Among the unique resources in the National Equal Justice Library are 74 oral histories of lawyers and other advocates who helped found and sustain criminal and civil legal services programs for the indigent. The goal of the oral history project is to capture the experiences of these lawyers and other advocates so that future generations can learn from these experiences. It is also designed to help inspire and guide lawyers to take on the goal of fighting for equal justice under law.
Since this is the 50th Anniversary of the landmark Gideon v. Wainwright case, we would like to highlight the video recordings of three critical figures in the Gideon case: Abe Krash, Bruce Jacob, and Anthony Lewis. Victor Geminiani conducted each interview as part of the 1993 celebration of the 30th anniversary of the case. Videos of all interviews as well as transcripts are available on the NEJL website.
Abe Krash, a Georgetown Law faculty member, worked for Arnold, Fortas & Porter at the time, and assisted Abe Fortas in researching the issues and writing the brief for the case. In the interview, Krash recalled his extraordinary experience of working for Fortas.
Bruce Jacob argued the case on behalf of the State of Florida as a young Assistant Attorney General. In the oral history interview, Jacob recalls the “brutal” oral argument in front of the Supreme Court. Following the Supreme Court’s decision, Florida created its own public defender system, and Jacob volunteered as a special assistant public defender in Florida.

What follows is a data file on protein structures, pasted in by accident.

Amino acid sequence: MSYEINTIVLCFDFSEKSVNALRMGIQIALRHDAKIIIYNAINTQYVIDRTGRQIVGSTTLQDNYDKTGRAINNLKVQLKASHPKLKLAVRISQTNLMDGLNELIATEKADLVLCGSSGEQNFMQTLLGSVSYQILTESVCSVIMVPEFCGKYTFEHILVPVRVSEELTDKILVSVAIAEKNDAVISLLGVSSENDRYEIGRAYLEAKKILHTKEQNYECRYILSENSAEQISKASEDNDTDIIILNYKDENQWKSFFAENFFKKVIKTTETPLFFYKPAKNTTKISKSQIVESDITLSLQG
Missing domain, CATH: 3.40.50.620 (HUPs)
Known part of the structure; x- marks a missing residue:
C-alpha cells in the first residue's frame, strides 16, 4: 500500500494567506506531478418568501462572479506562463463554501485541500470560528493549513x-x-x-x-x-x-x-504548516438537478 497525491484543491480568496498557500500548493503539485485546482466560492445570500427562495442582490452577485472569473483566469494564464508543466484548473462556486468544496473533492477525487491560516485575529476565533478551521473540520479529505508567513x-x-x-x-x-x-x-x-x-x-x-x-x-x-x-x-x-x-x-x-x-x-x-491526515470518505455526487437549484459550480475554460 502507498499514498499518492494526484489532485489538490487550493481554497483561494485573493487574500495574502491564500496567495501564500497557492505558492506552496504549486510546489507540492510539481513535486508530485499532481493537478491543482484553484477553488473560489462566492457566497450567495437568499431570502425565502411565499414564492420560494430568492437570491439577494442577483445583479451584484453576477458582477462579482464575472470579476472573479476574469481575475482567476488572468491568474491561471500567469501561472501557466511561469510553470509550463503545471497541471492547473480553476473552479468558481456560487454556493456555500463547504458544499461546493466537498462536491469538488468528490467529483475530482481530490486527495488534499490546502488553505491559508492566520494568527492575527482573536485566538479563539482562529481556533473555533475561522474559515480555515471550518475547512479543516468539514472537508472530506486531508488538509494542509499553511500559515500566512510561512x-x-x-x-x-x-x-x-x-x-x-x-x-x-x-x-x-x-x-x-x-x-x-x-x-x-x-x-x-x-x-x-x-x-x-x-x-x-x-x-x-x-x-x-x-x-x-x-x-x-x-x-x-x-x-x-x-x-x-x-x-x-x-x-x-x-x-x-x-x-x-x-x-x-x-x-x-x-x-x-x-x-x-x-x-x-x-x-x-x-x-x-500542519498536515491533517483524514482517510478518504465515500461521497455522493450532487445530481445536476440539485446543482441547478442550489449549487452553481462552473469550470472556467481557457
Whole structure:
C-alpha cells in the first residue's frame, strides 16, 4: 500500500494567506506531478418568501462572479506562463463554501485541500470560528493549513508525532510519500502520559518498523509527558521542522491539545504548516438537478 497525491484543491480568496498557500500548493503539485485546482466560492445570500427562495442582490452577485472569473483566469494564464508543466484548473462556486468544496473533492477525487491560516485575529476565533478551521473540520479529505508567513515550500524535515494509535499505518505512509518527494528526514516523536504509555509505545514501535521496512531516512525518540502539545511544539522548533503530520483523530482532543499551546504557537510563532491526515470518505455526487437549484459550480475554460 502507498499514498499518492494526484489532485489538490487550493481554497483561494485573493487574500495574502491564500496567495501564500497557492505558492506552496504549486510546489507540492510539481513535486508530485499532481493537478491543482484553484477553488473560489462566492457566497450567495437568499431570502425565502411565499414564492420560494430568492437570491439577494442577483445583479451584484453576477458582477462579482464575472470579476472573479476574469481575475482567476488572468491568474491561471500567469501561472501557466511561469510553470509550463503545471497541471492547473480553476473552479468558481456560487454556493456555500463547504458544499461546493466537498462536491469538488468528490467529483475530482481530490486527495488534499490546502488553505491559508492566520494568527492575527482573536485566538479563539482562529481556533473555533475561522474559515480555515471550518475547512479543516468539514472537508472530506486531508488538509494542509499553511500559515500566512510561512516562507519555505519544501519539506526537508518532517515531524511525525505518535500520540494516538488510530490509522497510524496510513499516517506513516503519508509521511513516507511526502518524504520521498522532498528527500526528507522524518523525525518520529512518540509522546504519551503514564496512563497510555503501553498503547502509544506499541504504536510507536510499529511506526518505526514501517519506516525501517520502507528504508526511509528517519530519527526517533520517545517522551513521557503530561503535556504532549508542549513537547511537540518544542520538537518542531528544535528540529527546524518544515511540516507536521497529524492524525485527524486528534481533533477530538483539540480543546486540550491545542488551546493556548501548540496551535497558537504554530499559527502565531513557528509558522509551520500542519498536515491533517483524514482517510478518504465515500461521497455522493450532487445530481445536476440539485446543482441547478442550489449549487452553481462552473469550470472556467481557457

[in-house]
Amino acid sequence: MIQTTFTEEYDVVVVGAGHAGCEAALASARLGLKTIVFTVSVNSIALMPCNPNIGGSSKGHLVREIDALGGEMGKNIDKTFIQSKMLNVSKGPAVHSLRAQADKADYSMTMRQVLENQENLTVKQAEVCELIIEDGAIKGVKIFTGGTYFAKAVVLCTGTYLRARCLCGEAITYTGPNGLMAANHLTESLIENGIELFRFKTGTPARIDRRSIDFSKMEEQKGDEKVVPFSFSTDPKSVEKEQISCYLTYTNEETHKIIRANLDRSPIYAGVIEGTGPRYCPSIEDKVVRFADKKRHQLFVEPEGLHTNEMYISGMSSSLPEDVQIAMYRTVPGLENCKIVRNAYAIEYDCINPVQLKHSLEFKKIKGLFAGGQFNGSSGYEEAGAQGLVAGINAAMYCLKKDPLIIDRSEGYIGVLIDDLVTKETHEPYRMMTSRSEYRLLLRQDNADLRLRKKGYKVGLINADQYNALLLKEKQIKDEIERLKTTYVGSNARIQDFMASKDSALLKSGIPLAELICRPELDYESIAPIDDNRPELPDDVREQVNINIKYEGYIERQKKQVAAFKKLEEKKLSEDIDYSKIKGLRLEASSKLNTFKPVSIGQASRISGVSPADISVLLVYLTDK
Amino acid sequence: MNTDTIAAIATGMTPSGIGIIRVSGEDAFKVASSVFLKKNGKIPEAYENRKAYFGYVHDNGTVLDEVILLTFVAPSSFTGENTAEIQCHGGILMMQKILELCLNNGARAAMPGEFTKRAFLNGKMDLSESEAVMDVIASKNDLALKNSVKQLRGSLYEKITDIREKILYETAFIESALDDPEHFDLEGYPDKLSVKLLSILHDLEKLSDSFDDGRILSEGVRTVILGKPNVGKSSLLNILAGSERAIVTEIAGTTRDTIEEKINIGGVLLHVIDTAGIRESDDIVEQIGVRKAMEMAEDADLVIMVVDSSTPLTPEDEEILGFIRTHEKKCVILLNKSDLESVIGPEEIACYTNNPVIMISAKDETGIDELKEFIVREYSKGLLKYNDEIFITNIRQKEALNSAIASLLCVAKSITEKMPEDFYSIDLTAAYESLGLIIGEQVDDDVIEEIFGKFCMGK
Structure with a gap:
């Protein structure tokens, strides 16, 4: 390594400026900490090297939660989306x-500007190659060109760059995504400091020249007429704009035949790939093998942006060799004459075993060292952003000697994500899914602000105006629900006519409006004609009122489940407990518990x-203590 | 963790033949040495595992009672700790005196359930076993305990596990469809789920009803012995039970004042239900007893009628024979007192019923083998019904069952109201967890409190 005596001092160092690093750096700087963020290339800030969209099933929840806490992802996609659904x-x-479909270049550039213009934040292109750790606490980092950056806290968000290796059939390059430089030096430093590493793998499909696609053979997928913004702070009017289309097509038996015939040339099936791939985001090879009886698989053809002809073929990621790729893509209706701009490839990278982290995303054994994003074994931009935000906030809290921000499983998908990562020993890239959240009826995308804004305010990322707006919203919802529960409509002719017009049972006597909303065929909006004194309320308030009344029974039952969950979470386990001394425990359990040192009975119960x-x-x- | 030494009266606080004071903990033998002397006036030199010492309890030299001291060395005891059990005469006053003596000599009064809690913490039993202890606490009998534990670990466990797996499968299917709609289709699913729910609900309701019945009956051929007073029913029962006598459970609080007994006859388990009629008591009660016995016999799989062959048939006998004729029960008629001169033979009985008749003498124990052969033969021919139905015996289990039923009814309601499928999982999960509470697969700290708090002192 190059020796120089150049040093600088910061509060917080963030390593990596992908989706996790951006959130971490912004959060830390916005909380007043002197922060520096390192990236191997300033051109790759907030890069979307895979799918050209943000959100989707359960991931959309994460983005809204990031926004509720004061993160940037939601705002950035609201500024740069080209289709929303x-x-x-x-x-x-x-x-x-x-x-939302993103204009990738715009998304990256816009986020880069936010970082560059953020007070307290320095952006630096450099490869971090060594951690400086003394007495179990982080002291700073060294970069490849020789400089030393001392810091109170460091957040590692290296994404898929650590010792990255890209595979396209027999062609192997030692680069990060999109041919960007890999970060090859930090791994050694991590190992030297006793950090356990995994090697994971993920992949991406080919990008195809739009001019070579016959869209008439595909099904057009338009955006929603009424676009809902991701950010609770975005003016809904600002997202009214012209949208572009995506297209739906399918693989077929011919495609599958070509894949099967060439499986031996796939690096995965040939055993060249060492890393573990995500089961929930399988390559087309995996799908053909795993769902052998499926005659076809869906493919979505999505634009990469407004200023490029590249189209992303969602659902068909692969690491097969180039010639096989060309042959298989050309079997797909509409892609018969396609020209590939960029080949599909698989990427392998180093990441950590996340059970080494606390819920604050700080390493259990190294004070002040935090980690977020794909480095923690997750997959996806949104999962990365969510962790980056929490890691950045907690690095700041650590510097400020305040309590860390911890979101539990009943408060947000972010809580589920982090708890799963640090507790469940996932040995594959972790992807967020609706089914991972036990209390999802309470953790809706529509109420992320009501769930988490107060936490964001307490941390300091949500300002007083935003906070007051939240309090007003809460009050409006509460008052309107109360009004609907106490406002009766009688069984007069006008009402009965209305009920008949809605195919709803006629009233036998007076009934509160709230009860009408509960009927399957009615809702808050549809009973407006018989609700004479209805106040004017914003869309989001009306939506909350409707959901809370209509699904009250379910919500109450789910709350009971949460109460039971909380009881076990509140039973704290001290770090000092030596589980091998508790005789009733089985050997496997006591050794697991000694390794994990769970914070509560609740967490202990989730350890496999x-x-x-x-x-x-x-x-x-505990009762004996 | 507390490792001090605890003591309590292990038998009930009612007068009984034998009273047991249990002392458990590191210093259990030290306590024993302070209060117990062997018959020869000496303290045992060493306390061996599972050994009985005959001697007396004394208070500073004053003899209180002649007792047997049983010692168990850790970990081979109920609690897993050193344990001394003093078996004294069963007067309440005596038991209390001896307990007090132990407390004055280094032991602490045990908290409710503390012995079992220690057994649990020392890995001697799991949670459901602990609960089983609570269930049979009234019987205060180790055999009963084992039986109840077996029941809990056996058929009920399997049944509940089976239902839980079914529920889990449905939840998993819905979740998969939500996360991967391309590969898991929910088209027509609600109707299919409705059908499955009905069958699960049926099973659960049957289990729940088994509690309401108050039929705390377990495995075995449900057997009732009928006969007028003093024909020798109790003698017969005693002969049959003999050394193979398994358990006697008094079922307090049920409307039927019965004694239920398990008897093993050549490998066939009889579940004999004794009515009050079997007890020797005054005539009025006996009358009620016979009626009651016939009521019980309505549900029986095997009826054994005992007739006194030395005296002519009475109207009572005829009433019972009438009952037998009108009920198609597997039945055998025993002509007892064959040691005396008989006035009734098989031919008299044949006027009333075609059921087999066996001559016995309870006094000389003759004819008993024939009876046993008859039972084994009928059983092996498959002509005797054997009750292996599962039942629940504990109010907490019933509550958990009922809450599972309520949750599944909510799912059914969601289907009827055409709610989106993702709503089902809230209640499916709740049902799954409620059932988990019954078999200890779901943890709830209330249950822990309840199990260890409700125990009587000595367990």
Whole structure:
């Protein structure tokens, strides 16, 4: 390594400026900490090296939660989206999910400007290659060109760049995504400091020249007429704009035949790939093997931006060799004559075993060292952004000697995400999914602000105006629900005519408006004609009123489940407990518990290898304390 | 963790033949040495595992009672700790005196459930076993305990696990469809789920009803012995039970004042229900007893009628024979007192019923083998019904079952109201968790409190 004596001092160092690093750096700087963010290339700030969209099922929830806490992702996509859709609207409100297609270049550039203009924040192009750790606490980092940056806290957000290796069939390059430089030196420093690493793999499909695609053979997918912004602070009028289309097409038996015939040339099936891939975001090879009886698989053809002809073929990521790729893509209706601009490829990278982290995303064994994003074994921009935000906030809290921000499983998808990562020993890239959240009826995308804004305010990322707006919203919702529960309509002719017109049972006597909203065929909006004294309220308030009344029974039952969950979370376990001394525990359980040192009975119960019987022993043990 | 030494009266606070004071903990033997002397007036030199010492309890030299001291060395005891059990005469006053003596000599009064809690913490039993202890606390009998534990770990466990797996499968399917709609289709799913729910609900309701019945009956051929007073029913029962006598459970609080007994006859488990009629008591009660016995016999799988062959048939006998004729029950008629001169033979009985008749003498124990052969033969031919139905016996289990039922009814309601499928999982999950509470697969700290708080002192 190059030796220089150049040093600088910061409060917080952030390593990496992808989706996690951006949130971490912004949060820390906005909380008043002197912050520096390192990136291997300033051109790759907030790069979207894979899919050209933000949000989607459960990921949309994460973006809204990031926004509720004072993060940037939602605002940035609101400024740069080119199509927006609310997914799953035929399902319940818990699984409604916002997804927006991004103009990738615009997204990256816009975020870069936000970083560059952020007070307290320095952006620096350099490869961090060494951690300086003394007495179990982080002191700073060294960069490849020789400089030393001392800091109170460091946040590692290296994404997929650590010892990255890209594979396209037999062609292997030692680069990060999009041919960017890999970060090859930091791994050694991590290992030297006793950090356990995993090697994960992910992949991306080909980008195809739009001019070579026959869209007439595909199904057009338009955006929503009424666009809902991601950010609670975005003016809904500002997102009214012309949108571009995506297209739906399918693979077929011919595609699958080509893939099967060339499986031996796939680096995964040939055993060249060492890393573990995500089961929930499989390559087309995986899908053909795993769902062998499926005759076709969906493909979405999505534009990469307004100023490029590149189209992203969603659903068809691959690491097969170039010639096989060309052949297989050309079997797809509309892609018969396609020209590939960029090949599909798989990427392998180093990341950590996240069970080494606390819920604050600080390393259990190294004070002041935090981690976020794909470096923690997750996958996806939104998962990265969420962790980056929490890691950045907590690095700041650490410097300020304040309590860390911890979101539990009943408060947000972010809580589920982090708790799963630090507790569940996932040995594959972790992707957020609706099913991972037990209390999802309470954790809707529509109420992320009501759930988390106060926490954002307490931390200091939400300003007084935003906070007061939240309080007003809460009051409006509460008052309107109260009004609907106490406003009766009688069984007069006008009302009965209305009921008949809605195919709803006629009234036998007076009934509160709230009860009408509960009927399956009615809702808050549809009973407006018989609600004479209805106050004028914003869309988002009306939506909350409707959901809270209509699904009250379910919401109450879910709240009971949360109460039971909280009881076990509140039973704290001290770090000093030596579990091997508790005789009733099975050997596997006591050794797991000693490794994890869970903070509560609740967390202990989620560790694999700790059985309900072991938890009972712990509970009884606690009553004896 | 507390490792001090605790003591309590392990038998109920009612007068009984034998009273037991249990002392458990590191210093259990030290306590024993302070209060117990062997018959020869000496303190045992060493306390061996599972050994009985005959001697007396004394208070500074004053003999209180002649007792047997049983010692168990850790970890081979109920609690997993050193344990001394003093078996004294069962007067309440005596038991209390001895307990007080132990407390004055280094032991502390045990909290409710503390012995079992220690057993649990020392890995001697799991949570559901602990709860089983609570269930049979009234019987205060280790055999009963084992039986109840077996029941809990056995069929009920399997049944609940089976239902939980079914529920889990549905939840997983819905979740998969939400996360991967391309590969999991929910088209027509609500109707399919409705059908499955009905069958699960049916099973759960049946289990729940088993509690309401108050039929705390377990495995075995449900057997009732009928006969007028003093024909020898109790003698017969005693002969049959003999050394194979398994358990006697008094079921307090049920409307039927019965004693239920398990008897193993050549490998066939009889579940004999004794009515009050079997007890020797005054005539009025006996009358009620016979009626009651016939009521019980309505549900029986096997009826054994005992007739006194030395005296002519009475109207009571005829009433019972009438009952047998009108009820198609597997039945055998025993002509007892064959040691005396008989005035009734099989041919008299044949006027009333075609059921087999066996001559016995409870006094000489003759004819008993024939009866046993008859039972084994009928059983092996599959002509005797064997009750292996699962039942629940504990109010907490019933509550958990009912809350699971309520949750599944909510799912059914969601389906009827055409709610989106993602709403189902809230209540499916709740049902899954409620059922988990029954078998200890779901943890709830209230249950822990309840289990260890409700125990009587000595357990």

Another interview available in our collection is that of the late Anthony Lewis. He died just days after the 50th Anniversary of the Gideon’s case. Lewis covered the Gideon case as a Supreme Court reporter for the New York Times. He then went on to write the definitive history of the litigation. Gideon’s Trumpet, published in 1964 was also the basis of the film of the same name. The library screened the film during the recent Georgetown Law Library Equal Justice Film Festival. In the oral history, Lewis recalls how he became involved in the case after seeing Gideon’s petition in the Supreme Court file room on the day the Court agreed to hear the case. He also recalled the experience of meeting Clarence Gideon in the prison library of the Raiford Penitentiary.